William Crapo Durant
This week marks the 60th anniversary of the death of William Crapo Durant. This week, as well, General Motors stock reached the lowest price on the stock exchange in its recent history.
William “Billy” Crapo – that’s his mother’s family name, properly pronounced as though there were a “y” after the “a,” as in Cray computers - Durant created General Motors. Twice.
And he lost it, twice.
Durant is perhaps the most colorful forgotten figure in modern American history, certainly one of the most dynamic in business history
(more after the jump)
He started with Buick, and built an automotive empire. At one time, he offered to buy the Ford Motor Company for $25 million. Henry Ford accepted, but the deal crumbled when Ford insisted on payment in gold and Durant’s bankers wouldn’t come up with it.
Bankers were always Durant’s nemesis. To him, money was not a store of intrinsic worth, but merely a tool, a means to an end. He borrowed money to create assets and then borrowed more money on the assets he created, all to build even more.
Durant invented the vertically integrated company. It was Durant who conceived of the idea of bringing multiple brands under the same corporate roof, and then realized that assembling cars and manufacturing them were different. With that vision, he set about bringing the component manufacturers under that same corporate roof. It was Durant who acquired the Delaware Electric Company – Delco – and Albert Champion’s second attempt at a spark plug company – AC.
But, he did it all with borrowed money, largely secured by the value of General Motors’ own stock.
Banks were happy to loan more and more money to finance Durant’s expansion of his company. But, at the first sign he was stumbling, they closed in. A downturn in the economy put a hole in the GM stock balloon and the bankers demanded more collateral. When Durant couldn’t come up with it, the bankers took over the company.
So, Durant started over.
He sensed that there was a market for a low-priced car that was stylish. Fords were utilitarian. A car that could be sold at a Ford price, but that could offer something of the look of higher-priced cars would be a winner.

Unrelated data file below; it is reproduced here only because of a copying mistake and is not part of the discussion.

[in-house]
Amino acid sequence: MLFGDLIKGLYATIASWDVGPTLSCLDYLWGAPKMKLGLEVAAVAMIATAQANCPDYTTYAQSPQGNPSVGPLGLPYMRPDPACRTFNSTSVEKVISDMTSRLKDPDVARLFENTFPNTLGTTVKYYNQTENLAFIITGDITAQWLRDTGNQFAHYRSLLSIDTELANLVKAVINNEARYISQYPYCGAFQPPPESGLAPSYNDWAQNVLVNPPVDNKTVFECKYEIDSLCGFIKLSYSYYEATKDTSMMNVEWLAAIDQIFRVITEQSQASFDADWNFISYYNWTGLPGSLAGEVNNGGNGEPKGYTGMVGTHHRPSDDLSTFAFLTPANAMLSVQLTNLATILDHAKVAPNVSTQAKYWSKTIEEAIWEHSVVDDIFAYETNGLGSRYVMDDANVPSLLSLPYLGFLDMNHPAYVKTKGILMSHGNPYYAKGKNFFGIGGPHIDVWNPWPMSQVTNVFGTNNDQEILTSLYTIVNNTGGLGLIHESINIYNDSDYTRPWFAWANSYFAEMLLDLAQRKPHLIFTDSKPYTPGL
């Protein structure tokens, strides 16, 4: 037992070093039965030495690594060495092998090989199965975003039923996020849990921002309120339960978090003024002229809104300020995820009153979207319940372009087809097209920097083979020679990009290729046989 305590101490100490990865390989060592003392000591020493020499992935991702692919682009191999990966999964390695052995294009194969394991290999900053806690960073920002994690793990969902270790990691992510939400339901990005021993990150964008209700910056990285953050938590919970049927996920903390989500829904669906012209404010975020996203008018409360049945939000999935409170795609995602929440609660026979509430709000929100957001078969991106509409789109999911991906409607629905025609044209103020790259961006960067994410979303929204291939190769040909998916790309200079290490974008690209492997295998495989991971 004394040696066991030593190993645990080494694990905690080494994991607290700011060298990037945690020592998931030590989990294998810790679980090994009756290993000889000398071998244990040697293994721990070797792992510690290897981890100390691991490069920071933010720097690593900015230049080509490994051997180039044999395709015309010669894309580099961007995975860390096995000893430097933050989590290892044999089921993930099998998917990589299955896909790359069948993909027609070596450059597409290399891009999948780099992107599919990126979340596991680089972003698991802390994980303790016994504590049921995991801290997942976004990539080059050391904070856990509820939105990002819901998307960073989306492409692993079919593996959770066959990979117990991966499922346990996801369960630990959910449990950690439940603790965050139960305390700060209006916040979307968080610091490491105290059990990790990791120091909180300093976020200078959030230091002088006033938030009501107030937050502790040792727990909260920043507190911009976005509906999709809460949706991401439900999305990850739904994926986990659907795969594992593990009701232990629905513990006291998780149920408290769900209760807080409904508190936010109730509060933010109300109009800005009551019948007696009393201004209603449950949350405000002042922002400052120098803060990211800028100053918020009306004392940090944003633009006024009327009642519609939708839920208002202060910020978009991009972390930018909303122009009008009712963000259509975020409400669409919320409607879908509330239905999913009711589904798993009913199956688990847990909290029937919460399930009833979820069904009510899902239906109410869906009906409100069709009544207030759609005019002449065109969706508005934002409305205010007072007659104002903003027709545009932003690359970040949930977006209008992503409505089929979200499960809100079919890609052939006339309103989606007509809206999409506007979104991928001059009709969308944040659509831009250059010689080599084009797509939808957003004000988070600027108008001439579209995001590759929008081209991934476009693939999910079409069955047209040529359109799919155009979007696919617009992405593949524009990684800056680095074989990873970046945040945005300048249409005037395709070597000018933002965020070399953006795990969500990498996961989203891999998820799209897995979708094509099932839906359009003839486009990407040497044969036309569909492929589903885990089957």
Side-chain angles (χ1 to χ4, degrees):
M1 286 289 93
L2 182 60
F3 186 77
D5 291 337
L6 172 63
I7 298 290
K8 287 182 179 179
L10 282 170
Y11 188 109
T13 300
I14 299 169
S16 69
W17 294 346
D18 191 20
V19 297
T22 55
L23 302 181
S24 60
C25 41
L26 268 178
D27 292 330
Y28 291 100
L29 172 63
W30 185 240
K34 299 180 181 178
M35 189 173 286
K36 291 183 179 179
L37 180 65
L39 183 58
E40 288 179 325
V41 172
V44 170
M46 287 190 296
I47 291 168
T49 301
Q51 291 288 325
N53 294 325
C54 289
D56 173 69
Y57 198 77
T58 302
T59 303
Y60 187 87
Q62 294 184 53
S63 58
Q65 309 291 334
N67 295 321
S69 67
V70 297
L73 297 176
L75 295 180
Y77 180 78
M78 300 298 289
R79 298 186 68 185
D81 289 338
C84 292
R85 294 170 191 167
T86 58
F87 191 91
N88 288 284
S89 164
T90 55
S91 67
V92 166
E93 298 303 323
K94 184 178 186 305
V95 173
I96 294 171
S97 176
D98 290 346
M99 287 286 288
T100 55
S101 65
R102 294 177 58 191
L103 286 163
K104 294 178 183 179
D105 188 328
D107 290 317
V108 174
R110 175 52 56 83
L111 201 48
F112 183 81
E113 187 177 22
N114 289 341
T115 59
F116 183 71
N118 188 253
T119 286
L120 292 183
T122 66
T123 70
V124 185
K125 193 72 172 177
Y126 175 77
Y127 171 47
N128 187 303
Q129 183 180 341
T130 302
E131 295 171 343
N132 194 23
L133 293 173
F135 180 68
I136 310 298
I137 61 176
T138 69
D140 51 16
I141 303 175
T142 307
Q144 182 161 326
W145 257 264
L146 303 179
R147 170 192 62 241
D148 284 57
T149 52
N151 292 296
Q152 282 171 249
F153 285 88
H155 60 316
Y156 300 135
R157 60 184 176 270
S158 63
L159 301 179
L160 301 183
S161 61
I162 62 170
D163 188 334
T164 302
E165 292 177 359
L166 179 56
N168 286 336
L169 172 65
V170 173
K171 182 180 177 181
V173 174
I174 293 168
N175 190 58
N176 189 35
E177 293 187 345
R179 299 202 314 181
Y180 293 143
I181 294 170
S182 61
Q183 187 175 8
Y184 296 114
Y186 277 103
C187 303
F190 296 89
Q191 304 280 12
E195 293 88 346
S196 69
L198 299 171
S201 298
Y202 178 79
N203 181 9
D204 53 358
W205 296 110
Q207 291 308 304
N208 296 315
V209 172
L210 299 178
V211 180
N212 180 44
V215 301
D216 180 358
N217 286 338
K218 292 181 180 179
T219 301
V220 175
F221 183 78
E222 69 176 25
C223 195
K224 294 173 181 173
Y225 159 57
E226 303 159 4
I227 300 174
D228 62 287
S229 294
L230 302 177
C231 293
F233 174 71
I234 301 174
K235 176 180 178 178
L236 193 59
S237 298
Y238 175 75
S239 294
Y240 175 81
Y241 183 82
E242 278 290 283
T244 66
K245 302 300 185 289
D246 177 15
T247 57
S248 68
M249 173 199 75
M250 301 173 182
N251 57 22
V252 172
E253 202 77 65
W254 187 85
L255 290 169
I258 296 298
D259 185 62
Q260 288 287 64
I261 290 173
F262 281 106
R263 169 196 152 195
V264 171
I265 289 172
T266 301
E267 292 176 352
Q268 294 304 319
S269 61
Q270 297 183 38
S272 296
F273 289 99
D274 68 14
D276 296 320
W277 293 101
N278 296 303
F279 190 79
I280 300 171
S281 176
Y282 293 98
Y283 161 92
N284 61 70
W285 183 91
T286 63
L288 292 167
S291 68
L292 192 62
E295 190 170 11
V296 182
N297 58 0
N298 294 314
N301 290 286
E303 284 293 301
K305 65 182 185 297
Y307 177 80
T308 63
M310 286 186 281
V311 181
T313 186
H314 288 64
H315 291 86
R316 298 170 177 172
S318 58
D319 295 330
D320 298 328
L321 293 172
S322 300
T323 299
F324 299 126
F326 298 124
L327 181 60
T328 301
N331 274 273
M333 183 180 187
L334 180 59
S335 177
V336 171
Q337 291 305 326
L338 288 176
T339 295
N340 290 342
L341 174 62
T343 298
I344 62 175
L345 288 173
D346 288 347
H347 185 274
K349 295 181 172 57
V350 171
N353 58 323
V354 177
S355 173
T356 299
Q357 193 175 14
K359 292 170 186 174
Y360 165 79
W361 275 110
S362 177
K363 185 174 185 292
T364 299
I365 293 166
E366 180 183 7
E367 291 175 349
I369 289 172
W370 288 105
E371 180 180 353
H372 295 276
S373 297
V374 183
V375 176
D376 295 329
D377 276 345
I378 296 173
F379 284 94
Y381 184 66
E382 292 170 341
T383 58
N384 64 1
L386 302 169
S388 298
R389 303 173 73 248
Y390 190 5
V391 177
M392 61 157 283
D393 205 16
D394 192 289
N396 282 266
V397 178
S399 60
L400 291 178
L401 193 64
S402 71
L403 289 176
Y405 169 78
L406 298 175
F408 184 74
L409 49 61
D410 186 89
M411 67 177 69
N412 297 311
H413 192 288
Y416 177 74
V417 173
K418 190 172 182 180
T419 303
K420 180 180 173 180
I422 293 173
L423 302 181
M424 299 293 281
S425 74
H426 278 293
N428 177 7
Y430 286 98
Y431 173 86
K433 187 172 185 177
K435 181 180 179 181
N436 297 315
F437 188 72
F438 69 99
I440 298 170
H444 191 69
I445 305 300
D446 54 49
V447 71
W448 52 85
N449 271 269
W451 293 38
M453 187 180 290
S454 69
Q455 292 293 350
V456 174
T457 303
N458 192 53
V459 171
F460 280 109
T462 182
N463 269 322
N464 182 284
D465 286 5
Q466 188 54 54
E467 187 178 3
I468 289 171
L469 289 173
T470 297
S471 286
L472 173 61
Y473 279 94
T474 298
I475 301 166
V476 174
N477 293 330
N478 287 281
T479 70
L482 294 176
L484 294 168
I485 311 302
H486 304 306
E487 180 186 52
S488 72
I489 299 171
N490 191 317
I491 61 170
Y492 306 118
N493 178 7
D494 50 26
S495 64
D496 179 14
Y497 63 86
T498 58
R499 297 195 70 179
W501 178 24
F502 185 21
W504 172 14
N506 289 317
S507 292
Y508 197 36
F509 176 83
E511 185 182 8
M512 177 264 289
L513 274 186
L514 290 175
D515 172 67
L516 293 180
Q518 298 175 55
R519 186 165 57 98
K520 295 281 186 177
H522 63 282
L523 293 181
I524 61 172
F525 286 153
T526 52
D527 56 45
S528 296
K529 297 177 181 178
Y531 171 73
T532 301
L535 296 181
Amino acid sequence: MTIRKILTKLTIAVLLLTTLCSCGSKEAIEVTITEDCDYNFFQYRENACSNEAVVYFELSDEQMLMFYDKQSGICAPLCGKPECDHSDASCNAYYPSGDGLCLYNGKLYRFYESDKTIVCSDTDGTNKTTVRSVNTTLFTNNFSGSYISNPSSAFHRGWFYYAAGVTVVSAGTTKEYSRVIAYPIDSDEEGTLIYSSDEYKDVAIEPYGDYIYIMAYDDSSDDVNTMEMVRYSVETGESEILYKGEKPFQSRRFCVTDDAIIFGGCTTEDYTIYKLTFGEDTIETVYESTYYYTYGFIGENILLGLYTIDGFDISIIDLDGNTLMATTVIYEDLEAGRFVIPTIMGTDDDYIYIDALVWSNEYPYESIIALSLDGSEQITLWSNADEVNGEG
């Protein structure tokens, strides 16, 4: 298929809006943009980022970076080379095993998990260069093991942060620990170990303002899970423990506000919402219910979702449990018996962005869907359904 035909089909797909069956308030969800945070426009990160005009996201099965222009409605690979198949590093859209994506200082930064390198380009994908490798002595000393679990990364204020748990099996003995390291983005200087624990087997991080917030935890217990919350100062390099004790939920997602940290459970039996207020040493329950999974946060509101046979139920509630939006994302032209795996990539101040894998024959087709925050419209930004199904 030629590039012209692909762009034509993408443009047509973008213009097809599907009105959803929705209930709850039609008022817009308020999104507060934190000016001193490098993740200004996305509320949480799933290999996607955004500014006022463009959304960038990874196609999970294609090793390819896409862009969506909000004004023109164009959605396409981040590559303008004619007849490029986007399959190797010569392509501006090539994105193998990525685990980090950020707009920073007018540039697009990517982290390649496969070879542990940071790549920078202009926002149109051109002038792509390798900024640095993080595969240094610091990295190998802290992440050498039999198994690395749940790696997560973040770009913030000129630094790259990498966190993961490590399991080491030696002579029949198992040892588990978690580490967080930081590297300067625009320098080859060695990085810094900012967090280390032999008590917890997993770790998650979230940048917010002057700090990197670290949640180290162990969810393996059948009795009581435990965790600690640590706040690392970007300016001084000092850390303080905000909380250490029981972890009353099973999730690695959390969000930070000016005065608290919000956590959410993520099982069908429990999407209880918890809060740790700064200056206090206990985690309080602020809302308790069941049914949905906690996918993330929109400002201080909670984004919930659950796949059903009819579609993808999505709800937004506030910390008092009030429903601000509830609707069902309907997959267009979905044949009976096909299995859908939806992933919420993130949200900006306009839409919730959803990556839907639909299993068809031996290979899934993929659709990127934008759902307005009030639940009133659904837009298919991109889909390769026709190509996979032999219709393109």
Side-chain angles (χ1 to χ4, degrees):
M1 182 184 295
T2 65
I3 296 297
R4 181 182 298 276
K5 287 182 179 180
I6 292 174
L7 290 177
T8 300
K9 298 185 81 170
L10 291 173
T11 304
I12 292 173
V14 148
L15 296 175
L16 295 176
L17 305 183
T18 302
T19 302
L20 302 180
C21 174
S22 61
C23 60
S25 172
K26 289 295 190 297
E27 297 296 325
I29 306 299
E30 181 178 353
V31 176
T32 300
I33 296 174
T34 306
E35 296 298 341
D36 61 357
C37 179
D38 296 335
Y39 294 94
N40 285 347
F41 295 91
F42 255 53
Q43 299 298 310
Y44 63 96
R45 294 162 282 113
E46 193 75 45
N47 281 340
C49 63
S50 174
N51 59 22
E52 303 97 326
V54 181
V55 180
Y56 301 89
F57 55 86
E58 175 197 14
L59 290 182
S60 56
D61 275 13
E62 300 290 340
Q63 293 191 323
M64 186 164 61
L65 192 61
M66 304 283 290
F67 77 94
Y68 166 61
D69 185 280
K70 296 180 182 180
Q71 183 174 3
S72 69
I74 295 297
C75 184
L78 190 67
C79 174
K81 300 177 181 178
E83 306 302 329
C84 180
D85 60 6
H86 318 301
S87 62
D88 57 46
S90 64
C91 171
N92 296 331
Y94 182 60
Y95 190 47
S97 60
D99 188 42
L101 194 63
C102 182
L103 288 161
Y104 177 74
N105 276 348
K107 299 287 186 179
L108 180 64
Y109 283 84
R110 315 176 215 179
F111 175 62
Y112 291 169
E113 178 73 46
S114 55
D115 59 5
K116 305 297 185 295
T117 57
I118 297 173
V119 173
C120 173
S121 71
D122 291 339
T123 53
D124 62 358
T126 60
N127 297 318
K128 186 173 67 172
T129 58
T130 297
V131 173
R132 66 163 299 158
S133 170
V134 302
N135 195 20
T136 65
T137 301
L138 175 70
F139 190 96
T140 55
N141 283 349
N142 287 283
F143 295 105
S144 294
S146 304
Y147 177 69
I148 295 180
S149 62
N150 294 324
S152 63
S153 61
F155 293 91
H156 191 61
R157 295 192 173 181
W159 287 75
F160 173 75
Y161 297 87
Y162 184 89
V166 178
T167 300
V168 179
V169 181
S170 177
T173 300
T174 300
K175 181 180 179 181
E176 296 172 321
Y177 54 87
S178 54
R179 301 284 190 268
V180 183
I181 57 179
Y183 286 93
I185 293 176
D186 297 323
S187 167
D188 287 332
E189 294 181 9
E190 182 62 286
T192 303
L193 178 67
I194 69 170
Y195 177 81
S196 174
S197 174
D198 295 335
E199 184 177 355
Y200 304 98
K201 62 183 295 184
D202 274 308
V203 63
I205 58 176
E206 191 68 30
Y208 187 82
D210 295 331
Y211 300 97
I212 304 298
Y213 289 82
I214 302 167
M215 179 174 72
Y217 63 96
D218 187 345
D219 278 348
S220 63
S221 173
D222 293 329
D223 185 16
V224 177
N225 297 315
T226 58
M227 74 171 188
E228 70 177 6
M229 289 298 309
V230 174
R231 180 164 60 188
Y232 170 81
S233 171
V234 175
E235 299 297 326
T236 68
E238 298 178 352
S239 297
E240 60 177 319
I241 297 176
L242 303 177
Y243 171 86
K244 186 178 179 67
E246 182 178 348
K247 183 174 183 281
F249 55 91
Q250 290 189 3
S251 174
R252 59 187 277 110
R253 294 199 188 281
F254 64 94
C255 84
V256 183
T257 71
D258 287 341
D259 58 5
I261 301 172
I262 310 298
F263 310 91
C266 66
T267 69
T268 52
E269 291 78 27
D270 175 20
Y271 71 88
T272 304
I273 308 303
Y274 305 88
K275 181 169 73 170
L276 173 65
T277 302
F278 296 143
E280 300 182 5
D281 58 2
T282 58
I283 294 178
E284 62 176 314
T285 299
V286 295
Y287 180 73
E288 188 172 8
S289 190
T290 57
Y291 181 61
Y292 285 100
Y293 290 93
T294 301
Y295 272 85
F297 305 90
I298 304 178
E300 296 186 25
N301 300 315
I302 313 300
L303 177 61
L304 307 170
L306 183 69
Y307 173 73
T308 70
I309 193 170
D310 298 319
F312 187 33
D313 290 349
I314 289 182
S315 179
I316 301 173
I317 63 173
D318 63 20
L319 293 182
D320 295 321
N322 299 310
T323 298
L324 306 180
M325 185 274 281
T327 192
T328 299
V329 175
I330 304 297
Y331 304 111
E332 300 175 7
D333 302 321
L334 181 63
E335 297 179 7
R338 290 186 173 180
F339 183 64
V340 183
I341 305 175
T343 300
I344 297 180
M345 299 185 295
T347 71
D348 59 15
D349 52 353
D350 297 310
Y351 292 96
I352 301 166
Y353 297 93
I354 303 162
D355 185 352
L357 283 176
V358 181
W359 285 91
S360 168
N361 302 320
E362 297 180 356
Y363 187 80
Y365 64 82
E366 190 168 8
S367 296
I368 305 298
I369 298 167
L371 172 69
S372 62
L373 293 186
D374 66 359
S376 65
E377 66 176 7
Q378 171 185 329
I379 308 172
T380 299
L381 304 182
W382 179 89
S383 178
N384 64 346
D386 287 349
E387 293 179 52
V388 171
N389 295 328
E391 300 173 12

Durant needed a name that would captivate the public and he found it with Louis Chevrolet, one of two brothers, both famous race drivers of the time, rock stars of their era.
Thus, Chevrolet was born and was very, very successful.
Meantime, GM was thriving. The bankers were sitting on a cash cow. But the profits were being plowed into repaying debt, not paying dividends on the stock. Even though the company was doing very well, the price of its stock kept dropping.
And, unknown to the bankers,
Durant was buying.
Over time, Durant accumulated more than 50% of the outstanding shares of General Motors common stock.
In a scene that later inspired the dramatic climax of the Broadway and movie hit, “Solid Gold Cadillac,” Durant appeared at the annual GM shareholder’s meeting, announced to the Board of Directors that he now owned General Motors, and promptly threw them out of office.
Then, he did it again: borrowed too much, and was forced out in another economic downturn. This time, the bankers brought in a gentleman with a great deal of organizational skill, Alfred Sloan. Sloan ran the company until the 1950’s.
Durant tried to start another car company, but the economy had seriously soured, the depression was beginning to take hold, and his spirit wasn’t in it.
But, he created the conceptual foundation of the modern automobile company and, simultaneously, the automotive market place that still, in its understanding of how cars are sold, operates today. He was never bitter about losing GM, never really looked back.
One senses that he knew what he’d done.